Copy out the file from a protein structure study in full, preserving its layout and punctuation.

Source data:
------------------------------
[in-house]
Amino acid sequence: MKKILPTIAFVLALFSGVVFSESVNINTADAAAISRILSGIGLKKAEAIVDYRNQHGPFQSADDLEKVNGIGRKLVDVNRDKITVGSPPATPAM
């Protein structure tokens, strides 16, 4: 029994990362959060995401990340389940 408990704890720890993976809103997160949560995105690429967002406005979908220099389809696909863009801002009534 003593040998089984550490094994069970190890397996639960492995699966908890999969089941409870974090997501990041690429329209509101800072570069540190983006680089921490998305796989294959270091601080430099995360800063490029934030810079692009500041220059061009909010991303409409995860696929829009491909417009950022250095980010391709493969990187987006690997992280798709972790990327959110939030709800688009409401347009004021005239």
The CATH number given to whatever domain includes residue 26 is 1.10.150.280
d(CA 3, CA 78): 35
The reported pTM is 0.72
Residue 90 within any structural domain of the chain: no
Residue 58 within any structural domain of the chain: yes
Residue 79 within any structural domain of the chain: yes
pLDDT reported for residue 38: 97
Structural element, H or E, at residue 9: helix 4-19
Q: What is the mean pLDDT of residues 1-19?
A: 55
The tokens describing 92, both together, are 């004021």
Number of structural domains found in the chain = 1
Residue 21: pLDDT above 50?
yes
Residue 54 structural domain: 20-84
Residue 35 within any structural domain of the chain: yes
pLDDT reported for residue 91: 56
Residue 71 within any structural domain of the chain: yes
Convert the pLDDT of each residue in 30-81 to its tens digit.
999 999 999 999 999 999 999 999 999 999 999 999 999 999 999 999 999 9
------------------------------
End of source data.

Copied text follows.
[in-house]
Amino acid sequence: MKKILPTIAFVLALFSGVVFSESVNINTADAAAISRILSGIGLKKAEAIVDYRNQHGPFQSADDLEKVNGIGRKLVDVNRDKITVGSPPATPAM
């Protein structure tokens, strides 16, 4: 029994990362959060995401990340389940 408990704890720890993976809103997160949560995105690429967002406005979908220099389809696909863009801002009534 003593040998089984550490094994069970190890397996639960492995699966908890999969089941409870974090997501990041690429329209509101800072570069540190983006680089921490998305796989294959270091601080430099995360800063490029934030810079692009500041220059061009909010991303409409995860696929829009491909417009950022250095980010391709493969990187987006690997992280798709972790990327959110939030709800688009409401347009004021005239």
The CATH number given to whatever domain includes residue 26 is 1.10.150.280
d(CA 3, CA 78): 35
The reported pTM is 0.72
Residue 90 within any structural domain of the chain: no
Residue 58 within any structural domain of the chain: yes
Residue 79 within any structural domain of the chain: yes
pLDDT reported for residue 38: 97
Structural element, H or E, at residue 9: helix 4-19
Q: What is the mean pLDDT of residues 1-19?
A: 55
The tokens describing 92, both together, are 């004021």
Number of structural domains found in the chain = 1
Residue 21: pLDDT above 50?
yes
Residue 54 structural domain: 20-84
Residue 35 within any structural domain of the chain: yes
pLDDT reported for residue 91: 56
Residue 71 within any structural domain of the chain: yes
Convert the pLDDT of each residue in 30-81 to its tens digit.
999 999 999 999 999 999 999 999 999 999 999 999 999 999 999 999 999 9